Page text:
(Originally published by the Keck Observatory)
August 24, 2016
The international University of California, Riverside-led SpARCS collaboration has discovered four of the most distant clusters of galaxies ever found, as they appeared when the Universe was only four billion years old. Clusters are rare regions of the Universe consisting of hundreds of galaxies containing trillions of stars, as well as hot gas and mysterious Dark Matter. Spectroscopic observations from the W. M. Keck Observatory on Maunakea, Hawaii and the Very Large Telescope in Chile confirmed the four candidates to be massive clusters. This sample is now providing the best measurement yet of when and how fast galaxy clusters stop forming stars in the early Universe.
“We looked at how the properties of galaxies in these clusters differed from galaxies found in more typical environments with fewer close neighbors,” said lead author Julie Nantais, an assistant professor at the Andres Bello University in Chile. “It has long been known that when a galaxy falls into a cluster, interactions with other cluster galaxies and with hot gas accelerate the shut off of its star formation relative to that of a similar galaxy in the field, in a process known as environmental quenching. The SpARCS team have developed new techniques using Spitzer Space Telescope infrared observations to identify hundreds of previously-undiscovered clusters of galaxies in the distant Universe.”
As anticipated, the team did indeed find that many more galaxies in the clusters had stopped forming stars compared to galaxies of the same mass in the field. Gillian Wilson, professor of physics and astronomy at UC Riverside, added, “Fascinatingly, however, the study found that the percentage of galaxies which had stopped forming stars in those young, distant clusters, was much lower than the percentage found in much older, nearby clusters. While it had been fully expected that the percentage of cluster galaxies which had stopped forming stars would increase as the Universe aged, this latest work quantifies the effect.”
The paper concludes that about 30 percent of the galaxies which would normally be forming stars have been quenched in the distant clusters, compared to the much higher value of about 50 percent found in nearby clusters.
Several possible physical processes could be responsible for causing environmental quenching. For example, the hot, harsh cluster environment might prevent the galaxy from continuing to accrete cold gas and form new stars; a process astronomers have named “starvation”. Alternatively, the quenching could be caused by interactions with other galaxies in the cluster. These galaxies might “harass” (undergo frequent, high speed, gravitationally-disturbing encounters), tidally strip (pull material from a smaller galaxy to a larger one) or merge (two or more galaxies joining together) with the first galaxy to stop its star formation.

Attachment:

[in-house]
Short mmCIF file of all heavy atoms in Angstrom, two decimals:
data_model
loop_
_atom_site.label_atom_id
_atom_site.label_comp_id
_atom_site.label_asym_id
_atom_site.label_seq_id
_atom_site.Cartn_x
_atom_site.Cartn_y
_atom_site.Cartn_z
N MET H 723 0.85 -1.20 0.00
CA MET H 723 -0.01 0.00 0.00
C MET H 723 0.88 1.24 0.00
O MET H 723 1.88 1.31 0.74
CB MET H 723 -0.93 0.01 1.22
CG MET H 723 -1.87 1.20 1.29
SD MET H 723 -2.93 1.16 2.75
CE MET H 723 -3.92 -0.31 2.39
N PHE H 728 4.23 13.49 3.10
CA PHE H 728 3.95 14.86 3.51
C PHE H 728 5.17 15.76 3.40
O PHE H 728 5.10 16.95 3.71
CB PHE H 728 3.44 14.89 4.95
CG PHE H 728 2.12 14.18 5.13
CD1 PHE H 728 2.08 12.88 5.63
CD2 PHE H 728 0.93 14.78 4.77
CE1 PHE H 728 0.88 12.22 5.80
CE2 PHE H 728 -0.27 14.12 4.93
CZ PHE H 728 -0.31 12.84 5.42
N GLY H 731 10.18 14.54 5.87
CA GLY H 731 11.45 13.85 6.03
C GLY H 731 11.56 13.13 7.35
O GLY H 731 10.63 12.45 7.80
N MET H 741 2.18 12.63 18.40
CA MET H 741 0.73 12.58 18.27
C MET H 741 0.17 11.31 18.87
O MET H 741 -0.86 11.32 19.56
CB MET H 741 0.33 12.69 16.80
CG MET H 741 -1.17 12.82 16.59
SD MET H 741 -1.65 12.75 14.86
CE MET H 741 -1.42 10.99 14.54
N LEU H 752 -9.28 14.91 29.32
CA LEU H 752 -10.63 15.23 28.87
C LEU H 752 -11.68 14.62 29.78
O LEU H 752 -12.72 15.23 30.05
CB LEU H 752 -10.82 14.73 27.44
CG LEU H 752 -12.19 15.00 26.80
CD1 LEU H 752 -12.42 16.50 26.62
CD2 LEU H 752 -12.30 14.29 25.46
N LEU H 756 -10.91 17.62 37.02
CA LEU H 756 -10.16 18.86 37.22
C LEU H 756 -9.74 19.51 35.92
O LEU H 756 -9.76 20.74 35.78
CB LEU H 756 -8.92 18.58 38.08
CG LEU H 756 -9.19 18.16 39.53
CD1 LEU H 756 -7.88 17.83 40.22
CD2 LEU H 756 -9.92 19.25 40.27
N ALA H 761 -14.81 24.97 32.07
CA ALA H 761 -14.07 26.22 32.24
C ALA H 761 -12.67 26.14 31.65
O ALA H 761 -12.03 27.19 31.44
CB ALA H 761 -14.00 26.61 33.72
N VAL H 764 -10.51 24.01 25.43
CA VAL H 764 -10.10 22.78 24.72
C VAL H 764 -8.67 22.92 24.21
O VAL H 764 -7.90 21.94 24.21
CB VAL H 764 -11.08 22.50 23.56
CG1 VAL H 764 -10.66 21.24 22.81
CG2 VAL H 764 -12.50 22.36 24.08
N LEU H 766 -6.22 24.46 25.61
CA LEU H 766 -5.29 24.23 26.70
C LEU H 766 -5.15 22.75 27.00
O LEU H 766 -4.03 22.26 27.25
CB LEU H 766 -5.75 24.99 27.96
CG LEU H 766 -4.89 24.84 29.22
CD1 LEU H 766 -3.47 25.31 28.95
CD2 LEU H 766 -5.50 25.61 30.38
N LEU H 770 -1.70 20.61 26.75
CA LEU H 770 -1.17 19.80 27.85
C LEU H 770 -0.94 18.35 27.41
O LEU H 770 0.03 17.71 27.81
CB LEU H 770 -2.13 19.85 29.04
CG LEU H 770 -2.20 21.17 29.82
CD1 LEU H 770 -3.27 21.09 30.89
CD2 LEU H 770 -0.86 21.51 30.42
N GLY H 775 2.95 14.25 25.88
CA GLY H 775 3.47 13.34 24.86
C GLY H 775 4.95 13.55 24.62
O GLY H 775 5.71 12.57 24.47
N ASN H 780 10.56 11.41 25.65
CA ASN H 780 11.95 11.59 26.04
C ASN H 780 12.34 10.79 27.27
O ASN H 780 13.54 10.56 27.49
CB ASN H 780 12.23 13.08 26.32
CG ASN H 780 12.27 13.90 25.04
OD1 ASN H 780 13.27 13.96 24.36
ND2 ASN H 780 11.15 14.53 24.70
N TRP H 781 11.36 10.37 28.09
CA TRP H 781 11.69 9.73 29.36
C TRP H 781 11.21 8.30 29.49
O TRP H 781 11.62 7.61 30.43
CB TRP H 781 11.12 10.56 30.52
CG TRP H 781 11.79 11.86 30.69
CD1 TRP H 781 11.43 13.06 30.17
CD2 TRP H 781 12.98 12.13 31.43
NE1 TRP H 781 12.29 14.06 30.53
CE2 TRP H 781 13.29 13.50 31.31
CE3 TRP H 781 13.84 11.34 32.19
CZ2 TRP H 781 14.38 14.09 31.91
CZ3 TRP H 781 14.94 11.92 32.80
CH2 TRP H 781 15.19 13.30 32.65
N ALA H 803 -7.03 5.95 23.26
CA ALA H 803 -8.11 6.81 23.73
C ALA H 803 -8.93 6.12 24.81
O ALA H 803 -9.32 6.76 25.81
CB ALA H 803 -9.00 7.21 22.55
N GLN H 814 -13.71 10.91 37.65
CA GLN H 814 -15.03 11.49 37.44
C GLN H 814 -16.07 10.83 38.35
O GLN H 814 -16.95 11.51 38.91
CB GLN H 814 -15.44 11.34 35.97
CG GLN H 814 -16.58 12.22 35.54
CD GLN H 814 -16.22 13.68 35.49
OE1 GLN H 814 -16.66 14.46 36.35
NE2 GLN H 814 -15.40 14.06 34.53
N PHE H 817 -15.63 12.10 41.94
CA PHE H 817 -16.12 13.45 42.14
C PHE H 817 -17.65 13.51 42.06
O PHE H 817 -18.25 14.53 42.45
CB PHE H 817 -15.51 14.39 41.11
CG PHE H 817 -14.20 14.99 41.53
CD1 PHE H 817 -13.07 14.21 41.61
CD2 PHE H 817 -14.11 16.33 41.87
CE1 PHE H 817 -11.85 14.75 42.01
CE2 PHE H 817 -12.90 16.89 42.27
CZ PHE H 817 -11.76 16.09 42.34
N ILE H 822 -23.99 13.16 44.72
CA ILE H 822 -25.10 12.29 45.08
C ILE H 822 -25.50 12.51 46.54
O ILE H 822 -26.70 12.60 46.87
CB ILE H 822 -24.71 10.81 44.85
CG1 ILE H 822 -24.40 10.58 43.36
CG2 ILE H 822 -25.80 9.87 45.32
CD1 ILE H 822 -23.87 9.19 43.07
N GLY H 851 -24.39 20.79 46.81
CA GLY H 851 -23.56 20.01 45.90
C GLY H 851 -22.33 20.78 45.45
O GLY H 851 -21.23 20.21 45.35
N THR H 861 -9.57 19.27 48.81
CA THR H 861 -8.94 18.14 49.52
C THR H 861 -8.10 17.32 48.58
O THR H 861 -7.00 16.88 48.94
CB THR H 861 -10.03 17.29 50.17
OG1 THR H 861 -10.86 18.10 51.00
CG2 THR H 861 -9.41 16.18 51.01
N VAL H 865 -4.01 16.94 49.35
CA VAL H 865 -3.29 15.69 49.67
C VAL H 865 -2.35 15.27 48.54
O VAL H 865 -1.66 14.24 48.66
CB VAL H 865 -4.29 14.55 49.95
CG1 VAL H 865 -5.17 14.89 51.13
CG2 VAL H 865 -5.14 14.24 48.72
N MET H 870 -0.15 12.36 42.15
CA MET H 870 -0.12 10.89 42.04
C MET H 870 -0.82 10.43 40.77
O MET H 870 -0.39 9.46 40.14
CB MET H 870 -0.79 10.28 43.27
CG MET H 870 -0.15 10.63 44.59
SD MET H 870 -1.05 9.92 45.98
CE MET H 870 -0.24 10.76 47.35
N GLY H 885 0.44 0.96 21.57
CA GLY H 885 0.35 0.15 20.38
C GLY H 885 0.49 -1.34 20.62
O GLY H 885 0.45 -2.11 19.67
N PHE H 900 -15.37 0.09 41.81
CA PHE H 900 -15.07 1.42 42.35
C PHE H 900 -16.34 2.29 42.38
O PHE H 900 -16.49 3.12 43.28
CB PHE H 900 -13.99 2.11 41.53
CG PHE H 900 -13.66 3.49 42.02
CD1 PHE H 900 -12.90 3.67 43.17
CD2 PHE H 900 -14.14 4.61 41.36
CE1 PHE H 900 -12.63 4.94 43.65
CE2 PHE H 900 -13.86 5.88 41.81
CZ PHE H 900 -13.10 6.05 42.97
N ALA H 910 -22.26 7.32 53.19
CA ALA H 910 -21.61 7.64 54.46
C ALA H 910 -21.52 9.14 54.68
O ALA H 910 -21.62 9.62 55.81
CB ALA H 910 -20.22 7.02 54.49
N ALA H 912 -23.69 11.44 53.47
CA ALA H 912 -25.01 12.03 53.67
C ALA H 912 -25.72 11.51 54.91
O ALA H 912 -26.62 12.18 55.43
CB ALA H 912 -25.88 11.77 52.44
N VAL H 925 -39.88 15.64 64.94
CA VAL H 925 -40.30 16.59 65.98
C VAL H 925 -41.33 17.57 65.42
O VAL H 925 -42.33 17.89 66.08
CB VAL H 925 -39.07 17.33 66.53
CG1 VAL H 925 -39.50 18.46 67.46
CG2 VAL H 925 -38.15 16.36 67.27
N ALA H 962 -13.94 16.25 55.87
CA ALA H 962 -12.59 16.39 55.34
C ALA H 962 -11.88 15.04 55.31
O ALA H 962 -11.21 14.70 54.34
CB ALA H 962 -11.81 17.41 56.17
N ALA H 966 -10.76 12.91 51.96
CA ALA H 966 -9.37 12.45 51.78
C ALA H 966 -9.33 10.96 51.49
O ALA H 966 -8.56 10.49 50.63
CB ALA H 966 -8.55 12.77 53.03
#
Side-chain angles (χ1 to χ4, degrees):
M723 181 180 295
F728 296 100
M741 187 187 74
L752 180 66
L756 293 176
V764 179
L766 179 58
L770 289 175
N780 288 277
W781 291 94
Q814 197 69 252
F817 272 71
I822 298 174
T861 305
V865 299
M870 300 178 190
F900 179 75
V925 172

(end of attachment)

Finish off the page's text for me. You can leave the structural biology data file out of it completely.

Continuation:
While the current study does not answer the question of which process is primarily responsible, it is nonetheless hugely important because it provides the most accurate measurement yet of how much environmental quenching has occurred in the early Universe. Moreover, the study provides an all-important early-Universe benchmark by which to judge upcoming predictions from competing computational numerical simulations which make different assumptions about the relative importance of the many different environmental quenching processes which have been suggested, and the timescales upon which they operate.
The W. M. Keck Observatory findings were obtained as the result of a collaboration amongst UC faculty members Gillian Wilson (UCR) and Michael Cooper (UCI), and graduate students Andrew DeGroot (UCR) and Ryan Foltz (UCR). Other authors involved in the study are Remco van der Burg (Université Paris Diderot), Chris Lidman (Australian Astronomical Observatory), Ricardo Demarco (WUniversidad de Concepción, Chile), Allison Noble (University of Toronto, Canada) and Adam Muzzin (University of Cambridge; member of the Kavli Institute for Cosmology, Cambridge).
The W. M. Keck Observatory operates the largest, most scientifically productive telescopes on Earth. The two, 10-meter optical/infrared telescopes near the summit of Maunakea on the Island of Hawaii feature a suite of advanced instruments including imagers, multi-object spectrographs, high-resolution spectrographs, integral-field spectrographs and world-leading laser guide star adaptive optics systems.
MOSFIRE (Multi-Object Spectrograph for Infrared Exploration) is a highly-efficient instrument that can take images or up to 46 simultaneous spectra. Using a sensitive state-of-the-art detector and electronics system, MOSFIRE obtains observations fainter than any other near infrared spectrograph. MOSFIRE is an excellent tool for studying complex star or galaxy fields, including distant galaxies in the early Universe, as well as star clusters in our own Galaxy. MOSFIRE was made possible by funding provided by the National Science Foundation and astronomy benefactors Gordon and Betty Moore.